You are not a horse.
While this may seem like fairly common knowledge (unless this blog post has found itself on some Planet of the Horses), sometimes we need to be reminded of the simplest of things. Here’s what I mean:
When a horse is born it does not spend the next 18 months of its life swaddled in a crib and crawling on a floor. Within minutes the foal will stand and in an hour or two this newborn horse will be walking next to its mother. In only a few days a foal will be romping around the stable, ready to go for a run. But you are different. Because you are not a horse.
Humans are born and we cry and cry and cry until eventually we crawl and crawl and crawl. It takes us months to bring ourselves upright, stumbling as we go. And it takes years until we are able to hop, skip, and jump our way through life. We don’t just jump up and run. We take our time. We need support. We need people to love and care for us along the way, helping us find our legs and even staying with us after we learn to use them.
Too often it seems that the jump between Sunday School and Youth Group expects preteens to be a horse, up and walking the minute they are born into the wild and wondrous world of Youth Ministry. We move them from Sunday morning to Wednesday night, from the wide-eyed world of childhood to the rough and tumble life of a teenager. We’re done with cute stories from the Bible. Time for some systematic theology. And games. Lots of games. (Because who doesn’t love launching mini pumpkins in the parking lot with a water balloon launcher?)
Sometimes in the church we find ourselves working in silos, different ministry areas only passing each other on the way to refill our coffee cups. It can be easy to accidently force young people to leap from one world of ministry to the next. And too often it is preteens who fall in the cracks that we naively create.
A preteen – 9, 10, 11, or 12-year-old – is at a unique stage in their physical, emotional, and spiritual development. They are no longer the kid they were when they began Sunday School. But they aren’t quite yet the quintessential teenager of Youth Group that they will quickly become. And it is in these unique and quirky years that we expect them to be horses, jumping to their feet and trotting around the minute they enter this brave new world.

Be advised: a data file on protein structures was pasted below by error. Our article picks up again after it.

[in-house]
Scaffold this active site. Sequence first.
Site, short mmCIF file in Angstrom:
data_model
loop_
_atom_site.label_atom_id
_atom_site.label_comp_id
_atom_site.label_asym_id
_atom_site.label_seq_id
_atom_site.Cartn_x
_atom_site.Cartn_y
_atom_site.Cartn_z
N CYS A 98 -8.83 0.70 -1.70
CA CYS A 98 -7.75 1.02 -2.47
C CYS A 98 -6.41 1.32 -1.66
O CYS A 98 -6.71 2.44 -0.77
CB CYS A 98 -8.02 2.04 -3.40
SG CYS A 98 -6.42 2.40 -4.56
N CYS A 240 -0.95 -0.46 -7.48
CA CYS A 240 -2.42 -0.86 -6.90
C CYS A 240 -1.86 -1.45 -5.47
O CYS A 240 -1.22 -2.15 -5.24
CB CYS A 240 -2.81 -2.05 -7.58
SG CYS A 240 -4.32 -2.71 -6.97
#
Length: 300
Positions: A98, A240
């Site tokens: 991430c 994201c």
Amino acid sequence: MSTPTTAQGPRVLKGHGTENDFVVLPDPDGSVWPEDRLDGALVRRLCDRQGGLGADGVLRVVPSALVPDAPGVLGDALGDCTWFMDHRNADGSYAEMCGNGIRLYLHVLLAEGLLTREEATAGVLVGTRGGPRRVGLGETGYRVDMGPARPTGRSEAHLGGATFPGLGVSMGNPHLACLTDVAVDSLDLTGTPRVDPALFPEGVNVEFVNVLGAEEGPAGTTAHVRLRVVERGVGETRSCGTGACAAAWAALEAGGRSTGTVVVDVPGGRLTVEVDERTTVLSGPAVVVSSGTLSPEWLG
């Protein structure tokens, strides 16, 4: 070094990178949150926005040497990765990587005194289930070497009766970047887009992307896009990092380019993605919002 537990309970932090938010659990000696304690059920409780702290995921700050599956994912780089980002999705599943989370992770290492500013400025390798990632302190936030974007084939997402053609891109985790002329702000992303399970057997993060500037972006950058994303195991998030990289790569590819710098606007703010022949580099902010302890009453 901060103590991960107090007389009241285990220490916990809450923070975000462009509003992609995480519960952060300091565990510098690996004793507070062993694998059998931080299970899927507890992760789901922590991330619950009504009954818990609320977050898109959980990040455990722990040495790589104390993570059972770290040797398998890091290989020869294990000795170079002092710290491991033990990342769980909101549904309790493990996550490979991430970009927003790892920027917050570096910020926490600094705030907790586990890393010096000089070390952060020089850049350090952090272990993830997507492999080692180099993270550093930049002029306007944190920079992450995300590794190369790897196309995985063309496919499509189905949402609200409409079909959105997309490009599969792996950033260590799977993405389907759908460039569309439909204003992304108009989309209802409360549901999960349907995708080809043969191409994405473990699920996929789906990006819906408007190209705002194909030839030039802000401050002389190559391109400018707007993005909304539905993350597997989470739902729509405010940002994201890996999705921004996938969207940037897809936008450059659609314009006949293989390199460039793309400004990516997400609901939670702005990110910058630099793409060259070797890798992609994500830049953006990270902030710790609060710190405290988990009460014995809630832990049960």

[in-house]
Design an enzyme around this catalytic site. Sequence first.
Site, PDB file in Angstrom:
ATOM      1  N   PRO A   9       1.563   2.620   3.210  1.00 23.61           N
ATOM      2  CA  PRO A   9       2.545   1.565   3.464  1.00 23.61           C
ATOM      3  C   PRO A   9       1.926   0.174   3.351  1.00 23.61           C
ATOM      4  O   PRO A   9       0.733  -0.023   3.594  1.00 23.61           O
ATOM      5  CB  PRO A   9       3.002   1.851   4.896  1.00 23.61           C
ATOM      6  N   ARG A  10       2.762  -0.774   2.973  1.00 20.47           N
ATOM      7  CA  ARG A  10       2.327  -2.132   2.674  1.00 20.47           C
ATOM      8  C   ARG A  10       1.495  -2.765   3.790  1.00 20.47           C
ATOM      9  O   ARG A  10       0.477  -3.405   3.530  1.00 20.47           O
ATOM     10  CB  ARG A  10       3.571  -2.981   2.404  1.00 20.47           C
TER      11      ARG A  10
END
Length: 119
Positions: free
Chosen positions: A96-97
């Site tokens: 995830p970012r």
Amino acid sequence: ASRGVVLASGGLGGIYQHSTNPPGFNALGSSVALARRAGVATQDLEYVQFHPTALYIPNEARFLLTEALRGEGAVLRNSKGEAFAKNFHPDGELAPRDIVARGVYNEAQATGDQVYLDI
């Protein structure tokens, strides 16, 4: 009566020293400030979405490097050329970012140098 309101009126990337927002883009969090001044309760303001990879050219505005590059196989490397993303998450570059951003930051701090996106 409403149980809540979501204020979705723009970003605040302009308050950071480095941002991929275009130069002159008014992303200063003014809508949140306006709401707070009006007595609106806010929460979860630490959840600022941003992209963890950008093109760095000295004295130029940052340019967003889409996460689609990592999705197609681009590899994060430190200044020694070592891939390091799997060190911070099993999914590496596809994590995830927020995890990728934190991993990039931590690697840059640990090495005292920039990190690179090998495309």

This is where a preteen ministry comes in. A preteen ministry is a space where emerging adolescents can be the no-longer-a-kid-yet-not-quite-a-teen that they are. A preteen ministry means sixth grade students don’t have to sing songs with hand motions like a first grader. Nor do they have to have the “sex talk” alongside an eighth grader. A preteen ministry means you are intentional about creating environments and curating resources just for them in the already-not-yet that a preteen embodies.
And more than anything else, a preteen ministry invites these fourth, fifth, or sixth grade students to begin connecting the diverse and potentially disparate stories from the Bible that they have heard all through Sunday School. As they begin to cross a threshold into a world of abstract thought, they are able, potentially for the first time, to see individual Bible stories as an ongoing narrative. They can connect Abraham who was blessed to be a blessing, to the followers of Jesus who are blessed to be a blessing to the world around them. They can see God calling a leader like Deborah, and Jesus sending Mary Magdalene to be the first messenger of the good news of the resurrection. They can connect a story that spans from creation to new creation, discovering that they are actors in this story as it continues to come to life in our world today. And they can explore and experience this in the safety and security of a preteen ministry, a room, a class, a group, a lesson designed just for them and their quirky personalities.
If preteens were horses it would be a lot easier. They would jump up out of Sunday School and gallop their way into the world of Youth Group. But they’re not. And so they won’t. They need pastors and leaders who will stand with them as they test their legs, finding the footing of their faith as they discover a God who grows up with them.
This is our calling with preteens: to give them hugs and high fives, to play games and tell stories, to run with them as they find their legs, to help them see Bible stories as a part of God’s ongoing narrative, and to celebrate every step they take as they continue to find themselves in God’s story.
Now giddy up and get to it.